A leak in a recent Panama political election, Edward Snowden and BlackBerry Messenger don’t appear to have much in common, but all played a role in the creation of the latest secure messaging app called Criptext.
Co-founded by Mayer Mizrachi, Criptext was unveiled just last week in New York City as a communication app designed for security and privacy. Like other messaging app, Criptext has disappearing text messages and emails where users only have a select amount of time to read them. Unlike other those other apps, however, Criptext has several additional features and is not geared for users like you and me.
Criptext is designed for large, Fortune 500 companies, organizations and government entities. All current and new users for the foreseeable future have to reach out directly to Criptext, set up a security plan and then have Criptext create network for the company prior to gaining account access.
“We actually operate under the idea that any encryption can be broken,” Mizrachi said in an interview with MacRage. “We focus on intelligence rather than encryption. … You want to basically cover the majority of the risk, the diversifiable risk.”
Criptext does not just have screenshot notification, like Snapchat, Cyberdust and similar apps, it is screenshot proof. Mizrachi said the company has a patent pending for its screenshot proof feature.
With the leaks by Snowden, who revealed secrets of the NSA spying and the standstill that is BlackBerry messaging technology Mizrachi said the market is ripe for companies to want better, increased security for private text messages and emails.
While the outdated BBM and Snowden are central to the inspiration of Criptext, it was a recent election in Panama that served as the light bulb moment for the company. According to Mizrachi a (unnamed) candidate operative was working on a coalition with an opposing party in Panama when the messages between the two parties leaked.
“It tarnished the entire party and ultimately ended up failing the coalition,” Mizrachi said. “If you can’t communicate securely, where do you do it then? Obviously encryption was not solving (the problem).”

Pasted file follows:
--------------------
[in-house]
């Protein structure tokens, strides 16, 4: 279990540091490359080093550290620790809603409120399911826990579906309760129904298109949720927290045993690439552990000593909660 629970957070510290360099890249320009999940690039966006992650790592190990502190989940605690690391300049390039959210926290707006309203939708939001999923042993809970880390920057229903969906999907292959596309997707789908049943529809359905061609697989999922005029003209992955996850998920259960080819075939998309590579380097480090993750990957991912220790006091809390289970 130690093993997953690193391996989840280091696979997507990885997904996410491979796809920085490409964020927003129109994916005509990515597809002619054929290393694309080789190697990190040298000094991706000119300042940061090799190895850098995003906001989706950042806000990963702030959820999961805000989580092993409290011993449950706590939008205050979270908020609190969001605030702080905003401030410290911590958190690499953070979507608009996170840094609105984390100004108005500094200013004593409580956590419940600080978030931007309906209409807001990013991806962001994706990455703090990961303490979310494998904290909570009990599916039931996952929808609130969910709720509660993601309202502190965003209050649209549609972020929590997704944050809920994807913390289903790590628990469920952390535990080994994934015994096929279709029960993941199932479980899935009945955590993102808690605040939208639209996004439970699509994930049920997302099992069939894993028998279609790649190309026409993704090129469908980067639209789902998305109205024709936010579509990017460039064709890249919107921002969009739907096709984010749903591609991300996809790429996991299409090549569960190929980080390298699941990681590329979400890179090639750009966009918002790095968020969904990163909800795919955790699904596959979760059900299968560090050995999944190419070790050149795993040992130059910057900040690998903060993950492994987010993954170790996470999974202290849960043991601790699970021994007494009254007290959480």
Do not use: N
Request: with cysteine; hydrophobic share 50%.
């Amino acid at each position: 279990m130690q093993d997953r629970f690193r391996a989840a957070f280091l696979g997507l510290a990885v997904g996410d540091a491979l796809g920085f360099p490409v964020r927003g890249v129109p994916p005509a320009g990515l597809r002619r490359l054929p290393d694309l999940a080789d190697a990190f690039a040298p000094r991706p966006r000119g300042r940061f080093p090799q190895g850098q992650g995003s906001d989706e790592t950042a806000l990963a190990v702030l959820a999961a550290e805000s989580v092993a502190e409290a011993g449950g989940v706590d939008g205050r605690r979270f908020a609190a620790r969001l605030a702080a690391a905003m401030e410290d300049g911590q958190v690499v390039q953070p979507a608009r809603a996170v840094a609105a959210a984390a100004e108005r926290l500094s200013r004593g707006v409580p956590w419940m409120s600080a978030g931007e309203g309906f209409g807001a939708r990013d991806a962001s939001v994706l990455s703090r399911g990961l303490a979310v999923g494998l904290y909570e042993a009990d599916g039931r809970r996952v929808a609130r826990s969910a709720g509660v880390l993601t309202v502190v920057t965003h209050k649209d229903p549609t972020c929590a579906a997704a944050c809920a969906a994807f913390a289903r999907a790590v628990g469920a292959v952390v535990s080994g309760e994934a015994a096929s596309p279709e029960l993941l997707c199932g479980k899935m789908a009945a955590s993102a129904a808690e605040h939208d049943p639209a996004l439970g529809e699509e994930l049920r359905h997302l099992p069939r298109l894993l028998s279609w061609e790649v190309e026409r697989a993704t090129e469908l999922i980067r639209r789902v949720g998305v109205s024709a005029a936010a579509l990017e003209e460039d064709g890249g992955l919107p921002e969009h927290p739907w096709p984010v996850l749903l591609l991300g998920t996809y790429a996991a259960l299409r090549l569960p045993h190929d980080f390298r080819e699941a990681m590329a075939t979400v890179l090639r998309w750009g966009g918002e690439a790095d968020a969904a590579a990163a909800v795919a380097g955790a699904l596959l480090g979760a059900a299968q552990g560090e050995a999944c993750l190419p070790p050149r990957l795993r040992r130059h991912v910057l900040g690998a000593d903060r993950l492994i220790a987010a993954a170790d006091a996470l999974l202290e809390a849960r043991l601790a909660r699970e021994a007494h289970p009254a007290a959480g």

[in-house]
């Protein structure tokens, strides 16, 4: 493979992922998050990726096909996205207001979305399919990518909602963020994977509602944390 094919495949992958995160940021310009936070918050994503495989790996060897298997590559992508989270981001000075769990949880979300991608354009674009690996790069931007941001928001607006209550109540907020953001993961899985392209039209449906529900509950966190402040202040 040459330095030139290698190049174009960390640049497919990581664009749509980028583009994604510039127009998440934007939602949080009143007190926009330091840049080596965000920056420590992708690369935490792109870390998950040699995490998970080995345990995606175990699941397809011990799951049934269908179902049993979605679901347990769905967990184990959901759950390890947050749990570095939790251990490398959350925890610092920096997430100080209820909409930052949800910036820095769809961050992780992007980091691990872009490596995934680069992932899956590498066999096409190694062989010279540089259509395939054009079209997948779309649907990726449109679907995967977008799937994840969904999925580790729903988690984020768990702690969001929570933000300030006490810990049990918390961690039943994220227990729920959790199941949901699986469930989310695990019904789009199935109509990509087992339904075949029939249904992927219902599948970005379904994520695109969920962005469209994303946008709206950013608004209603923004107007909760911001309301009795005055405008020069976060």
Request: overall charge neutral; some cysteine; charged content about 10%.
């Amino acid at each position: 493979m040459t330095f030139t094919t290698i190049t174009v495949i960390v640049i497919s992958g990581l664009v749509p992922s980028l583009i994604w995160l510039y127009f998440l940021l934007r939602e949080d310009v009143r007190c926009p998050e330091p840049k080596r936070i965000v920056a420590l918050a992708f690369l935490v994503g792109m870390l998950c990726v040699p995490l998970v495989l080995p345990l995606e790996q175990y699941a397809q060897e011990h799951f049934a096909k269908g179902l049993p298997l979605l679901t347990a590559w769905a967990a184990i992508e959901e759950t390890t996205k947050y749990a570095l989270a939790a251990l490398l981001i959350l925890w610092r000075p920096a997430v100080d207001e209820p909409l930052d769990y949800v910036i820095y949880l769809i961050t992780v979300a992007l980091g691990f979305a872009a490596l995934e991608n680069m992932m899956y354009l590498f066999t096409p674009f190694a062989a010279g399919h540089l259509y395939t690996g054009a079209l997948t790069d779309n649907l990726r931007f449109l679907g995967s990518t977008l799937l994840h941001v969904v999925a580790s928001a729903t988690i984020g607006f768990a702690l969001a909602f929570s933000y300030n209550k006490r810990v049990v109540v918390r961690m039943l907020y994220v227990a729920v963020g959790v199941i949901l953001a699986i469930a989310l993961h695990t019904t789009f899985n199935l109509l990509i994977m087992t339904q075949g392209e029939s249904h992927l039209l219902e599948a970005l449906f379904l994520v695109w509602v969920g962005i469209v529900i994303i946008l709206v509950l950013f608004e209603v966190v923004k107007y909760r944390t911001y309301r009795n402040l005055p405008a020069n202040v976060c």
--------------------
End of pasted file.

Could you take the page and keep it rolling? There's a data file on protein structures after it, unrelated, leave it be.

From that moment Mizrachi said it was apparent that a more secure way to communicate was necessary. BBM, he said, had initially was a great messaging function but it never evolved with technology.
Criptext works by granting an account administrator at one organization with full control over whom within the organization/company has access to specific functionalities. Remotely the administrator can add, temporarily suspend and delete users within seconds.
Like other messaging apps, a window of how many seconds a message appears is shown. However with its patent-pending technology, a screenshot cannot work to gain information from a text using Criptext, Mizrachi said.
Mizrachi said while hackers are an issue, most leaks comes from human error and human interaction. It can be a simple as leaving a phone on the table or accidentally sending an email to the wrong person.
Each message, he said, is "untraceably encrypted," which protects the user’s identity. Texts and emails received on Criptext are not tied to the sender's name and all information is deleted after 15 seconds. A private network within the app means emails/text can't be sent to members of the press, personal email accounts or accidentally sent to someone outside the company.
“You’re protecting the confidentiality of an entire organization,” Mizrachi said. “You can’t control what people say and in large organization and what people say can effect negatively the entire organization. You can, however, control the medium in which they say it.”
Companies that will gain access to Criptext’s services will have to be approved by Criptext first. Mizrachi said this, and the fact the services are not free, means the app will be more likely not to be misused and to protect the integrity of the app. Mizrachi said mobile users wanting secure messages need to beware of free messaging apps.
When he meets potential clients/investors Mizrachi said he always asks them what app they use and if they paid for it.
“I usually get no,” he said. “If you’re not paying for the product then you are the product. When it comes to your security, are you wiling to put your information at risk? If you are not paying for it, can you really rely that your information is not used for monetization in the near future?”
For more information on Criptext, visit criptext.com.